In 2012 I was contacted by Hokuto no Gun, who volunteered to help out with the first series, and most of my other GeGeGe projects (series 2 & 4, and the movies) have been joint projects with them ever since then. And then of course there’s series 3, which ran on the Hawaiian pay-cable station Nippon Golden Network years ago with somewhat rudimentary English subtitles. Thanks to old VHS recordings provided by Dougo13 and Laurine, I’ve been able to share many of those as well.
Fast forward to 2018. GeGeGe no Kitaro has long been popular in Japan, and they’ve been consistently making a new anime series every decade since the 1960s. So of course the 2010s were no exception, and 2018 was the perfect year for Toei to release the sixth series, as it was the 50th anniversary of the original series from 1968. The new series is still going strong in Japan, a subtitled version has been licensed for streaming in North America by Crunchyroll, and in some other countries by Wakanim.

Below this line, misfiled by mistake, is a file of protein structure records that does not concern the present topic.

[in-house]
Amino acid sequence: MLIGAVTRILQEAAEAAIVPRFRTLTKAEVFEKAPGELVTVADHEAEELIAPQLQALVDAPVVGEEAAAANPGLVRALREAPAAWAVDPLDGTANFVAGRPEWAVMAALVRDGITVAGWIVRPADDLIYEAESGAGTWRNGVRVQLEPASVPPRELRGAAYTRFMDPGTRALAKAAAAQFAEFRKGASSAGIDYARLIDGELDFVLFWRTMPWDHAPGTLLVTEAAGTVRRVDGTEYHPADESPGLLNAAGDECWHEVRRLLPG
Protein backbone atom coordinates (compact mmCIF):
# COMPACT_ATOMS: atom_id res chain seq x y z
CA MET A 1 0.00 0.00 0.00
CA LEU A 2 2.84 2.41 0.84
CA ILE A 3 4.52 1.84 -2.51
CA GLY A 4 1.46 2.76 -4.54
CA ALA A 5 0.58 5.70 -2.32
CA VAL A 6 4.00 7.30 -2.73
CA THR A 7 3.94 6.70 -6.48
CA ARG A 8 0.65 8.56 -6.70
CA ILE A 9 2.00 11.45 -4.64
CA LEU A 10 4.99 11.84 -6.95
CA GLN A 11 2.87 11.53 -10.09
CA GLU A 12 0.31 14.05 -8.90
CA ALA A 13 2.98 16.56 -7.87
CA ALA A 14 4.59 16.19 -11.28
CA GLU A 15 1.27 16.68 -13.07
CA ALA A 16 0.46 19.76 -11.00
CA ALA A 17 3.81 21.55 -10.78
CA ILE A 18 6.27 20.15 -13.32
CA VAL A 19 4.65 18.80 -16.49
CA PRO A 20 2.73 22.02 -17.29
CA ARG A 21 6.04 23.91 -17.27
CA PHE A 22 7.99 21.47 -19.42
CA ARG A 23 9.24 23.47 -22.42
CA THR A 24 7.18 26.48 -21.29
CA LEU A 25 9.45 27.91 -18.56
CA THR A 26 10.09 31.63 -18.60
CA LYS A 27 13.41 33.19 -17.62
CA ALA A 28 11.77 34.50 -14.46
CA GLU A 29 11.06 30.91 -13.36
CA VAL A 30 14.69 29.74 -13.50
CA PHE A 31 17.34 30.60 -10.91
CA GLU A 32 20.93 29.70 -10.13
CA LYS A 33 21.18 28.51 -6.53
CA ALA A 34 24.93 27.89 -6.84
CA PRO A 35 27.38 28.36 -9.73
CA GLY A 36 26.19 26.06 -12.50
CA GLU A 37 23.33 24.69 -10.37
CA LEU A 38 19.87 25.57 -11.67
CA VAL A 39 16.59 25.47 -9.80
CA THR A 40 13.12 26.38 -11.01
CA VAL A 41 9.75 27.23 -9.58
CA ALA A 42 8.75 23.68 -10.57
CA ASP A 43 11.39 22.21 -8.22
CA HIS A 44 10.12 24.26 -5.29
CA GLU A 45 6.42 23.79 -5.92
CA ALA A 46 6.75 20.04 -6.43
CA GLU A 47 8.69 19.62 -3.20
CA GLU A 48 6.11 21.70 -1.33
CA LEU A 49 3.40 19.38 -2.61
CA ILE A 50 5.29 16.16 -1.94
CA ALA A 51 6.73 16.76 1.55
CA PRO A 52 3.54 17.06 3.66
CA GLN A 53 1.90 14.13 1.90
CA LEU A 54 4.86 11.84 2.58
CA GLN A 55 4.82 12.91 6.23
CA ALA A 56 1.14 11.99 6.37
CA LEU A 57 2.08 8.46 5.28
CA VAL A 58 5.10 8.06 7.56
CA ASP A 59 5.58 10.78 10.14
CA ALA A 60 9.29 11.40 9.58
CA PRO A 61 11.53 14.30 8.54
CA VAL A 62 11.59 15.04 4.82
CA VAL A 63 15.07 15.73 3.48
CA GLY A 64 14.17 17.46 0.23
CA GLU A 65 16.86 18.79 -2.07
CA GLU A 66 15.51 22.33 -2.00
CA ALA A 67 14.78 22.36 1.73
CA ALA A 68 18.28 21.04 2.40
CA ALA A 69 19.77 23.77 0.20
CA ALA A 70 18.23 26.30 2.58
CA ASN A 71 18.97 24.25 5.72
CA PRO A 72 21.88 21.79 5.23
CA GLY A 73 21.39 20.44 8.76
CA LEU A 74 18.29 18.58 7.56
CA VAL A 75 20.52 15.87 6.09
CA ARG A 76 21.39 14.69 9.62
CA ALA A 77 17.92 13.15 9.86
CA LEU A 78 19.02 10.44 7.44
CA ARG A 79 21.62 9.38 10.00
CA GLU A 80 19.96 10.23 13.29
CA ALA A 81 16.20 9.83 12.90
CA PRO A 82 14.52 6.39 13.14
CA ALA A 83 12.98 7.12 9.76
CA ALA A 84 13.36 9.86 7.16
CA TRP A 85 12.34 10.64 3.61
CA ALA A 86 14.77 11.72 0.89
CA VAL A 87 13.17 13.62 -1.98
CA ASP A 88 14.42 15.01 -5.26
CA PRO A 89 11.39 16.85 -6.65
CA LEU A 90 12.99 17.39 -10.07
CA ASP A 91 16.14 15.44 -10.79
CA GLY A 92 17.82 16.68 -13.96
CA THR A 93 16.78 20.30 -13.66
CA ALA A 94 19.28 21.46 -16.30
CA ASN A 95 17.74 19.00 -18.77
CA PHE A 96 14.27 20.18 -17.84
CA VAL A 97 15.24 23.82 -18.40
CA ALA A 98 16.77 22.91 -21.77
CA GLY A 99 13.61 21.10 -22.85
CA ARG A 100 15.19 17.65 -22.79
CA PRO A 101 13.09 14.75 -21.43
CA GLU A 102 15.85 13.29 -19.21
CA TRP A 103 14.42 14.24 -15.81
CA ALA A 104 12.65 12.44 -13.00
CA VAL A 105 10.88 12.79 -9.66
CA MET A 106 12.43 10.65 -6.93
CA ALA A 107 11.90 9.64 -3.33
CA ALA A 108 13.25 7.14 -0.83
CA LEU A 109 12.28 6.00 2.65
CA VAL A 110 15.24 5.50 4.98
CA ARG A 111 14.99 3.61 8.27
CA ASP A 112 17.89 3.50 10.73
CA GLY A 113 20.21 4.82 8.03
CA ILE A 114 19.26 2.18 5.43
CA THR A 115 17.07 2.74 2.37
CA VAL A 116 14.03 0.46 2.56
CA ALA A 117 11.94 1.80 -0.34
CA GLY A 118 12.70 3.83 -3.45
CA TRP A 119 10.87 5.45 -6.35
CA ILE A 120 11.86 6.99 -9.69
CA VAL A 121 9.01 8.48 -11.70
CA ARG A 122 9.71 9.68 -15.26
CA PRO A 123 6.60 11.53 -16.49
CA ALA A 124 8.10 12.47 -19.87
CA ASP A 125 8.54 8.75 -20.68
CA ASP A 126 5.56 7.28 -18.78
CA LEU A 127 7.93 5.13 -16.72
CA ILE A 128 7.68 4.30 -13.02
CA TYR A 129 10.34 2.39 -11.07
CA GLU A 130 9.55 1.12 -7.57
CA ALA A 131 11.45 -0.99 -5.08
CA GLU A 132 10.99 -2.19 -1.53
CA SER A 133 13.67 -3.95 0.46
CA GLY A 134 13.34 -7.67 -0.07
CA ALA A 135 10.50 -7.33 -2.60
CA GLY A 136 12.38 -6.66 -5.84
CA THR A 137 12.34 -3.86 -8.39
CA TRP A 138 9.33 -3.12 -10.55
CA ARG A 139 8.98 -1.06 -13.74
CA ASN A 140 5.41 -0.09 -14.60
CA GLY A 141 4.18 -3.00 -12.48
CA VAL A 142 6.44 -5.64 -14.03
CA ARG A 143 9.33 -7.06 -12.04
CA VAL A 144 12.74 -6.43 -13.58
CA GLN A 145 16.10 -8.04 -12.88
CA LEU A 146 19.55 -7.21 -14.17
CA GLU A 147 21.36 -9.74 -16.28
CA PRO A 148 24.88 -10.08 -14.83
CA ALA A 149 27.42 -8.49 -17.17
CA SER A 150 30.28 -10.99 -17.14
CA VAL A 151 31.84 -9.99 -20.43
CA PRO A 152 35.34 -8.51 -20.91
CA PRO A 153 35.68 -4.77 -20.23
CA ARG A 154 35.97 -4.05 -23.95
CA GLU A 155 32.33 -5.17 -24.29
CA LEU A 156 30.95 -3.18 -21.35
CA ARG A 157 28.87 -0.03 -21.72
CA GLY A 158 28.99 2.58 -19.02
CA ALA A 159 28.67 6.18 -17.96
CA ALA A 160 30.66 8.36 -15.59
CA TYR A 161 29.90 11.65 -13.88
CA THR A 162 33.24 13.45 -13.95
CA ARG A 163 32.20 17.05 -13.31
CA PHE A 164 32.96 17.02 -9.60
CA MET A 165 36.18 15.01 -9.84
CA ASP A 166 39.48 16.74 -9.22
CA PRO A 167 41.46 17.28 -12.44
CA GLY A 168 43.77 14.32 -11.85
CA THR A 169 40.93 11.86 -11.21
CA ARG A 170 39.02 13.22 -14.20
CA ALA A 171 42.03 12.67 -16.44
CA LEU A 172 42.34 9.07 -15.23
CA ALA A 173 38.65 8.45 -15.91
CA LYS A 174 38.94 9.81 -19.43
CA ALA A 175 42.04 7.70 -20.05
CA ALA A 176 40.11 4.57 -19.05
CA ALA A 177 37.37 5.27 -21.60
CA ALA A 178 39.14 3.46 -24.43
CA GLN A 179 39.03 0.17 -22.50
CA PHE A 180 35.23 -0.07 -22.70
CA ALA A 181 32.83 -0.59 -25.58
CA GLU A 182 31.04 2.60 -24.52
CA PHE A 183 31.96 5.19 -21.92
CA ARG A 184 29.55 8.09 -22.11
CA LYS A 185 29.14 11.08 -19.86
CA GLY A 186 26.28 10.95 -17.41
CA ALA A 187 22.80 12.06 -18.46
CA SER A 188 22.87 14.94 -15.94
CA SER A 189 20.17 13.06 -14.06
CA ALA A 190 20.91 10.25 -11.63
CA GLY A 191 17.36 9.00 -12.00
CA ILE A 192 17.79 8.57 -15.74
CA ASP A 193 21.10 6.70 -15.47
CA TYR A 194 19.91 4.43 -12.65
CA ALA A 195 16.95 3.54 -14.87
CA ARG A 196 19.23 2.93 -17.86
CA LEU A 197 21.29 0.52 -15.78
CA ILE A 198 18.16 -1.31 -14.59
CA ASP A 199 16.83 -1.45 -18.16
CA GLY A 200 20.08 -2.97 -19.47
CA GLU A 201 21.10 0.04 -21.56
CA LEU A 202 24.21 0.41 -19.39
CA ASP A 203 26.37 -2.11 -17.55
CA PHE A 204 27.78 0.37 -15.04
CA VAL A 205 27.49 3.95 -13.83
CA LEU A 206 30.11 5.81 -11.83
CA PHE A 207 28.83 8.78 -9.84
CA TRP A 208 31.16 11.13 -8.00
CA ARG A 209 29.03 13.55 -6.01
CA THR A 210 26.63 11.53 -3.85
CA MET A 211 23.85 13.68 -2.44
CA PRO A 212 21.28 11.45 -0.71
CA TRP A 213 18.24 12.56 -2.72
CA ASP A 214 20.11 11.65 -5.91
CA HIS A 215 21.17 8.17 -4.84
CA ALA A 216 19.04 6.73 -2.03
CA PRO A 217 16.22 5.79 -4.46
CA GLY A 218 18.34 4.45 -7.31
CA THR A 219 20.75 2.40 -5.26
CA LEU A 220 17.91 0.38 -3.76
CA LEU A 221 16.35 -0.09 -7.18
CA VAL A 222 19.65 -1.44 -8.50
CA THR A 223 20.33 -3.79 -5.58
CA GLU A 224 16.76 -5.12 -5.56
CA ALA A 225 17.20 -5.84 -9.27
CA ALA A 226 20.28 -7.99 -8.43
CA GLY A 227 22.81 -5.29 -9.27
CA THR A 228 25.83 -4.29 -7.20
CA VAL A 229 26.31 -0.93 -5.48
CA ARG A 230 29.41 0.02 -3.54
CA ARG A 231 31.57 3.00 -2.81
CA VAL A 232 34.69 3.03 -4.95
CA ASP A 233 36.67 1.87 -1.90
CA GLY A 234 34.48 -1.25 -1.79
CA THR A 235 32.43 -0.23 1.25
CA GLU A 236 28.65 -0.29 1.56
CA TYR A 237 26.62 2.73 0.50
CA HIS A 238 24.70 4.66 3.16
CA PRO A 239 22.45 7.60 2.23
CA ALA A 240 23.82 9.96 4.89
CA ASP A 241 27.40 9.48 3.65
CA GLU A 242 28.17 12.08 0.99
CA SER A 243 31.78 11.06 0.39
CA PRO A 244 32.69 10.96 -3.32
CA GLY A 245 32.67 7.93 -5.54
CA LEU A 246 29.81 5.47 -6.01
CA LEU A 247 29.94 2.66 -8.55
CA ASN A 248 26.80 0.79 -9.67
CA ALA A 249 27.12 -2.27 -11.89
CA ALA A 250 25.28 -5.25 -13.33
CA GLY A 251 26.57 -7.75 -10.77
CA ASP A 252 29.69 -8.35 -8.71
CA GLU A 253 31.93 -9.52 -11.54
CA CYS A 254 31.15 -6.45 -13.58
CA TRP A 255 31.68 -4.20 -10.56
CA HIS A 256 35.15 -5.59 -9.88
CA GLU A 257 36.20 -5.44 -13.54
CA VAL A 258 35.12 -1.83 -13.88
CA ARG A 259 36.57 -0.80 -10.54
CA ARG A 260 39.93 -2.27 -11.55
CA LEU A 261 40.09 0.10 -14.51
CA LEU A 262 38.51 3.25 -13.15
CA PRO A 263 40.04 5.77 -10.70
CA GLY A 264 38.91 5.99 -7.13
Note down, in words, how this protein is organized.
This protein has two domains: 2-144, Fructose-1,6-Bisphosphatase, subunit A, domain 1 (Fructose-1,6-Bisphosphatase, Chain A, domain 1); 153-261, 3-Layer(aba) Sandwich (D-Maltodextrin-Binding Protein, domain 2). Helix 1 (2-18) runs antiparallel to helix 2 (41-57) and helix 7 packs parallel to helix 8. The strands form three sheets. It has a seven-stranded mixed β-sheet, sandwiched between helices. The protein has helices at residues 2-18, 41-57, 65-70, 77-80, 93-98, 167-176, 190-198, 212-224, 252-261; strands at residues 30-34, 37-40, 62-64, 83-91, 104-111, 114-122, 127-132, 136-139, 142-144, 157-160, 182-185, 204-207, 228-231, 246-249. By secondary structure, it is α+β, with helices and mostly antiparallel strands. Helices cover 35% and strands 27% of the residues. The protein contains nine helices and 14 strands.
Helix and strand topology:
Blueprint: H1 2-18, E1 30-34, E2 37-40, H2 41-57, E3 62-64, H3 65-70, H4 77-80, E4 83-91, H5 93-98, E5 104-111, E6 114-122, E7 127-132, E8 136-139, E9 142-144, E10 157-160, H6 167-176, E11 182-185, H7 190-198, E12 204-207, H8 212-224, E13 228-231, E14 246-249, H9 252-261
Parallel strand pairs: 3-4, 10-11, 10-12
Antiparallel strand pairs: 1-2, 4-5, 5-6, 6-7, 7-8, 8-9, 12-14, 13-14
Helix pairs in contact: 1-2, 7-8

SkewedS decided to pick up the 2007 series again, and released a revised version of episode 1. Now in 2019 we’ve joined forces again, with SkewedS and TSHS working together from episode 2 onward. Be warned, there are a few typos in this episode that I caught too late to fix for this release, but they’re mostly pretty minor (a space missing from one line, an extra space in another, a missing comma, etc.) These will eventually be fixed when we get to a batch release.
It also turns out that nis-aihara was very busy in the Kitaro anime anniversary year of 2018, creating fan subtitled versions of episodes 6-18 and 20-45 (episode 19, the Kappa story, had already been subtitled by a group called Oedipus back in the late 2000s). So SkewedS has put together batches of episodes 3-45 from these different sources, which can be found here:
Episodes 3-5 [OZ-SkewedS] v1 Hardsubbed AVC 8-bit from Mega
Episodes 6-45 [nis-aihara & Oedipus (ep19)] Hardsubbed AVC 8-bit from Mega
Megapack of 3-45 from Nyaa
Also, I might as well post the links to the older series here as well:
SkewedS and TSHS had originally been planning to work on revisions of episodes 3-5 and finalizing our old subtitles of 6-7 that never got released. However, with this huge batch of 2007 episodes now released, we’ve decided it makes more sense to forge ahead with episode 46, and go back to the revisions once a few newer episodes have been completed. And of course older episodes and movies from TSHS and Hokuto no Gun are still in the works. Stay tuned…